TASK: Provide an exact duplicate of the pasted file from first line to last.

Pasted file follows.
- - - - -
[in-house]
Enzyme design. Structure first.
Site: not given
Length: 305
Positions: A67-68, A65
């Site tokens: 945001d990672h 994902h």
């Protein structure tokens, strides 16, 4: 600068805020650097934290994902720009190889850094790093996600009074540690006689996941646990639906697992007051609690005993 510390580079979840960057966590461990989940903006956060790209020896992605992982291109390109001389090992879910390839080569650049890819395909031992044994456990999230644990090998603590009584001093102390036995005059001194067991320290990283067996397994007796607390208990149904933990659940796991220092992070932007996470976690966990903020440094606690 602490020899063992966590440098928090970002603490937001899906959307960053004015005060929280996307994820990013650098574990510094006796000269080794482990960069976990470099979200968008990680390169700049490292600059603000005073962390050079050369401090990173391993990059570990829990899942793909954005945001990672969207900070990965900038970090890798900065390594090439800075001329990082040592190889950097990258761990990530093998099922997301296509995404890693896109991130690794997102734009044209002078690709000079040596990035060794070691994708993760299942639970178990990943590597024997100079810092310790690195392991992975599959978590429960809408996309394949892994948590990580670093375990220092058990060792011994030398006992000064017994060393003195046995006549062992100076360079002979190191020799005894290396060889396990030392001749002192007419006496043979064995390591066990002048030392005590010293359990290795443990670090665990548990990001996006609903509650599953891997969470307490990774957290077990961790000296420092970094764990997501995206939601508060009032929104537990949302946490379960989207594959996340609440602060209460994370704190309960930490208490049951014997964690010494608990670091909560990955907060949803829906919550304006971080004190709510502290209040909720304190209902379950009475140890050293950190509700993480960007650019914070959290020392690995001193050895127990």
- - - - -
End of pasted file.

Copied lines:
[in-house]
Enzyme design. Structure first.
Site: not given
Length: 305
Positions: A67-68, A65
């Site tokens: 945001d990672h 994902h």
């Protein structure tokens, strides 16, 4: 600068805020650097934290994902720009190889850094790093996600009074540690006689996941646990639906697992007051609690005993 510390580079979840960057966590461990989940903006956060790209020896992605992982291109390109001389090992879910390839080569650049890819395909031992044994456990999230644990090998603590009584001093102390036995005059001194067991320290990283067996397994007796607390208990149904933990659940796991220092992070932007996470976690966990903020440094606690 602490020899063992966590440098928090970002603490937001899906959307960053004015005060929280996307994820990013650098574990510094006796000269080794482990960069976990470099979200968008990680390169700049490292600059603000005073962390050079050369401090990173391993990059570990829990899942793909954005945001990672969207900070990965900038970090890798900065390594090439800075001329990082040592190889950097990258761990990530093998099922997301296509995404890693896109991130690794997102734009044209002078690709000079040596990035060794070691994708993760299942639970178990990943590597024997100079810092310790690195392991992975599959978590429960809408996309394949892994948590990580670093375990220092058990060792011994030398006992000064017994060393003195046995006549062992100076360079002979190191020799005894290396060889396990030392001749002192007419006496043979064995390591066990002048030392005590010293359990290795443990670090665990548990990001996006609903509650599953891997969470307490990774957290077990961790000296420092970094764990997501995206939601508060009032929104537990949302946490379960989207594959996340609440602060209460994370704190309960930490208490049951014997964690010494608990670091909560990955907060949803829906919550304006971080004190709510502290209040909720304190209902379950009475140890050293950190509700993480960007650019914070959290020392690995001193050895127990």